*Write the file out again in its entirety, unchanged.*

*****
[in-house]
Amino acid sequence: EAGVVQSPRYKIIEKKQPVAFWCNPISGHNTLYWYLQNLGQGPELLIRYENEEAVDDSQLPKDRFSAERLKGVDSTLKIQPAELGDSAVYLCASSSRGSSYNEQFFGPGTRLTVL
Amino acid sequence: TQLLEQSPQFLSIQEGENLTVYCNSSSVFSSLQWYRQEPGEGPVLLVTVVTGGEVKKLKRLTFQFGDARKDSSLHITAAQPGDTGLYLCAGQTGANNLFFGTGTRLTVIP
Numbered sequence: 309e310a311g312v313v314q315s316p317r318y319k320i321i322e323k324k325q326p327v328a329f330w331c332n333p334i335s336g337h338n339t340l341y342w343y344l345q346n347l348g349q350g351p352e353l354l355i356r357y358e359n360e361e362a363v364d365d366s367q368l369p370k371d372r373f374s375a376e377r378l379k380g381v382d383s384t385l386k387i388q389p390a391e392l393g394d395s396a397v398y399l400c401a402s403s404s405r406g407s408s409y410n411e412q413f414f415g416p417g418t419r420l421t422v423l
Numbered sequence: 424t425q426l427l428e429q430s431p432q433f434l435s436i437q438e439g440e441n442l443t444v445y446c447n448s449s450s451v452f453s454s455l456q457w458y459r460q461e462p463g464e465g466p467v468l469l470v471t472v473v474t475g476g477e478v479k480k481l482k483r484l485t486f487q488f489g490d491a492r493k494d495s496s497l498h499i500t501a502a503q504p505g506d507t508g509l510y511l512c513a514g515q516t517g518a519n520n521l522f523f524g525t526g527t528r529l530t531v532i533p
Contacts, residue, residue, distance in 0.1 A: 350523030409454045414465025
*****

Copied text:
[in-house]
Amino acid sequence: EAGVVQSPRYKIIEKKQPVAFWCNPISGHNTLYWYLQNLGQGPELLIRYENEEAVDDSQLPKDRFSAERLKGVDSTLKIQPAELGDSAVYLCASSSRGSSYNEQFFGPGTRLTVL
Amino acid sequence: TQLLEQSPQFLSIQEGENLTVYCNSSSVFSSLQWYRQEPGEGPVLLVTVVTGGEVKKLKRLTFQFGDARKDSSLHITAAQPGDTGLYLCAGQTGANNLFFGTGTRLTVIP
Numbered sequence: 309e310a311g312v313v314q315s316p317r318y319k320i321i322e323k324k325q326p327v328a329f330w331c332n333p334i335s336g337h338n339t340l341y342w343y344l345q346n347l348g349q350g351p352e353l354l355i356r357y358e359n360e361e362a363v364d365d366s367q368l369p370k371d372r373f374s375a376e377r378l379k380g381v382d383s384t385l386k387i388q389p390a391e392l393g394d395s396a397v398y399l400c401a402s403s404s405r406g407s408s409y410n411e412q413f414f415g416p417g418t419r420l421t422v423l
Numbered sequence: 424t425q426l427l428e429q430s431p432q433f434l435s436i437q438e439g440e441n442l443t444v445y446c447n448s449s450s451v452f453s454s455l456q457w458y459r460q461e462p463g464e465g466p467v468l469l470v471t472v473v474t475g476g477e478v479k480k481l482k483r484l485t486f487q488f489g490d491a492r493k494d495s496s497l498h499i500t501a502a503q504p505g506d507t508g509l510y511l512c513a514g515q516t517g518a519n520n521l522f523f524g525t526g527t528r529l530t531v532i533p
Contacts, residue, residue, distance in 0.1 A: 350523030409454045414465025